The Mother Divine
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It was a quiet morning; Sri Ram Kripalu Maharaj was wearing his high wooden sandals. Though they were heavy, Swamiji walked with the ease of a dancer in them, swiftly and lithely. The tilak mark was on his forehead, his toenails had a coat of sandal paste and his matted locks were nicely placed on his arm. With matted locks on his arm, like a Roman king would carry his toga, Swamiji moved about royally. Great charm exuded from his persona. He welcomed me, offered me a seat and sat in a chair laid out in the open veranda of his ashram at Triveni Ghat. He was gazing at the Ganga as he spoke with me. Our conversation made me reflect about the very foundation of imparting spiritual wisdom.

The question of broadcasting scriptural knowledge is indeed a complex one. Does God or His word need any publishing?

There are two schools of thought here. One way of thinking does not favour formalising, organising and propagating the mysterious spiritual wisdom. According to this, the work of God is underway, naturally, in ways He alone deems fit. The secret of spirituality is being carried around informally, unassumingly, through word of mouth, for centuries. This is the adrishya dhaaraa - the invisible stream. Wherever a true seeking arises, God provides the necessary wisdom. There’s no need to organise and consequently antagonise this great current.

The second school of thought seeks to reach the word of God to the masses, with prudence and policy. This is the drishya dhaaraa - the visible stream. It is assumed that there is a natural languor and slowness among the people which impedes their movement to the higher truth; therefore that, which is beneficial, should be assertively driven home. Well, it’s not easy to answer which one of the two perspectives is closer to the truth.

“Swamiji, can I have one of your books?” I asked Ram Kripalu Maharaj that morning.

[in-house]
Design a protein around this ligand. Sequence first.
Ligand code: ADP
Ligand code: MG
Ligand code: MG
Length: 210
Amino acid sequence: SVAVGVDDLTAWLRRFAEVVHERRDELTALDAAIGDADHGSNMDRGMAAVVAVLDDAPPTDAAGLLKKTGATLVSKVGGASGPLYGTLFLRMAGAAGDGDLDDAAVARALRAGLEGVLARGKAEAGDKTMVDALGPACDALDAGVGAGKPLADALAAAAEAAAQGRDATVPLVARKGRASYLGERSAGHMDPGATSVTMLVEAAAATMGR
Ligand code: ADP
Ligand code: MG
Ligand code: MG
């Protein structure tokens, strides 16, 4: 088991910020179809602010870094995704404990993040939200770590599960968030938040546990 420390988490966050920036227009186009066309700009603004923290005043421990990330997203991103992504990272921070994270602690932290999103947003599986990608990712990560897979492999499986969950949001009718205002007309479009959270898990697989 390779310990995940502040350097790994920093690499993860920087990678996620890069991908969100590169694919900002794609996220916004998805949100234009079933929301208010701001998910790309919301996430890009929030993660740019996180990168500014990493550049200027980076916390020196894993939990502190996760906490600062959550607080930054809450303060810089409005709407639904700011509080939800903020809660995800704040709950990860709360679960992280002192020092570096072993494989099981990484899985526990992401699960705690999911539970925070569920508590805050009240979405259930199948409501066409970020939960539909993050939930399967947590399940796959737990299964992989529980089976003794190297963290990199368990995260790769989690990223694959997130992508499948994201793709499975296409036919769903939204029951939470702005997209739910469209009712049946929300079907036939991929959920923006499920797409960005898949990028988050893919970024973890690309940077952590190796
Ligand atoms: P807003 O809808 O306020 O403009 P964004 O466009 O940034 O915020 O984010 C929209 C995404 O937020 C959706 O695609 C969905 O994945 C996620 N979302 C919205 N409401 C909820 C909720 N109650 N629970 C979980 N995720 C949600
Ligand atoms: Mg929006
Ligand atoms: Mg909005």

“I have written no book,” he replied.

“No book? What I meant was a book of wisdom. Some text that you may have written on spirituality, a commentary on Gita maybe... anything. I’d love to read it,” I pleaded.

“I told you, I haven’t written anything,” he calmly reiterated. “What’s the need to write anything? Everything has been already set forth by our predecessors. Every facet of spiritual truth has been already written about. We have enough of written word. We are inundated with spiritual writing. Why should I add my grain to the mountain? I’d say, let’s carefully read what has already been written, let’s practice an ounce of that rather than add to it.”

“That’s indeed a great perspective!” I concurred.

“My Guru was also of the same opinion,” Swamiji continued, tossing his twelve feet long matted locks on his arm. “When it came to publishing one’s wisdom, he used to say, ”

jo paayaa woh chupaayaa, jo khoyaa woh chapaayaa!
जो पाया वो छुपाया, जो खोया वो छपाया !
(That which I’ve indeed found, I’ve had a good occasion to conceal. That which I’ve indeed lost, I’ve often published.)

“Well said, Swamiji.”

“Yes. He said all spiritual wisdom has a character of secrecy. It is not to be made public – because it is the light that steals finer things, not darkness! Keeping your spiritual subtleties in the dark is like securing them and bringing them to the light of day is to rob their essence. In this context an Urdu poet has quoted: